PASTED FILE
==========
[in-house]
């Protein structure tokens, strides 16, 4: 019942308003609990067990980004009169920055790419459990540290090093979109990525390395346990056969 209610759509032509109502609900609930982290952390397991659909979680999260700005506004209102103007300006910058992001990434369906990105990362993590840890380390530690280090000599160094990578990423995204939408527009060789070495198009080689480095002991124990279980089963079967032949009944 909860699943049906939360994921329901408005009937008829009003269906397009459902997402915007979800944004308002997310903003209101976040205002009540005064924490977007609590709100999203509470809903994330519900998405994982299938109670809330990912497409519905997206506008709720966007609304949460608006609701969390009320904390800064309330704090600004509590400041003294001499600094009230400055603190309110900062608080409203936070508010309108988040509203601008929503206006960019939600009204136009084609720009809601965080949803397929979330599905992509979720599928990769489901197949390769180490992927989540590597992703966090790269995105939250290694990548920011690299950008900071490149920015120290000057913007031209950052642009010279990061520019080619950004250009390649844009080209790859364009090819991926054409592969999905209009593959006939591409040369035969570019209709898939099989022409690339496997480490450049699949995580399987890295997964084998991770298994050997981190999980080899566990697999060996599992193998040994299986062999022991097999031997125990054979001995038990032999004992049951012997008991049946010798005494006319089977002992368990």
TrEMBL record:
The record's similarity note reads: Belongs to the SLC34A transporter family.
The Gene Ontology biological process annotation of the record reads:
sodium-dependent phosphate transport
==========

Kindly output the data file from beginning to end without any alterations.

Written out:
[in-house]
């Protein structure tokens, strides 16, 4: 019942308003609990067990980004009169920055790419459990540290090093979109990525390395346990056969 209610759509032509109502609900609930982290952390397991659909979680999260700005506004209102103007300006910058992001990434369906990105990362993590840890380390530690280090000599160094990578990423995204939408527009060789070495198009080689480095002991124990279980089963079967032949009944 909860699943049906939360994921329901408005009937008829009003269906397009459902997402915007979800944004308002997310903003209101976040205002009540005064924490977007609590709100999203509470809903994330519900998405994982299938109670809330990912497409519905997206506008709720966007609304949460608006609701969390009320904390800064309330704090600004509590400041003294001499600094009230400055603190309110900062608080409203936070508010309108988040509203601008929503206006960019939600009204136009084609720009809601965080949803397929979330599905992509979720599928990769489901197949390769180490992927989540590597992703966090790269995105939250290694990548920011690299950008900071490149920015120290000057913007031209950052642009010279990061520019080619950004250009390649844009080209790859364009090819991926054409592969999905209009593959006939591409040369035969570019209709898939099989022409690339496997480490450049699949995580399987890295997964084998991770298994050997981190999980080899566990697999060996599992193998040994299986062999022991097999031997125990054979001995038990032999004992049951012997008991049946010798005494006319089977002992368990």
TrEMBL record:
The record's similarity note reads: Belongs to the SLC34A transporter family.
The Gene Ontology biological process annotation of the record reads:
sodium-dependent phosphate transport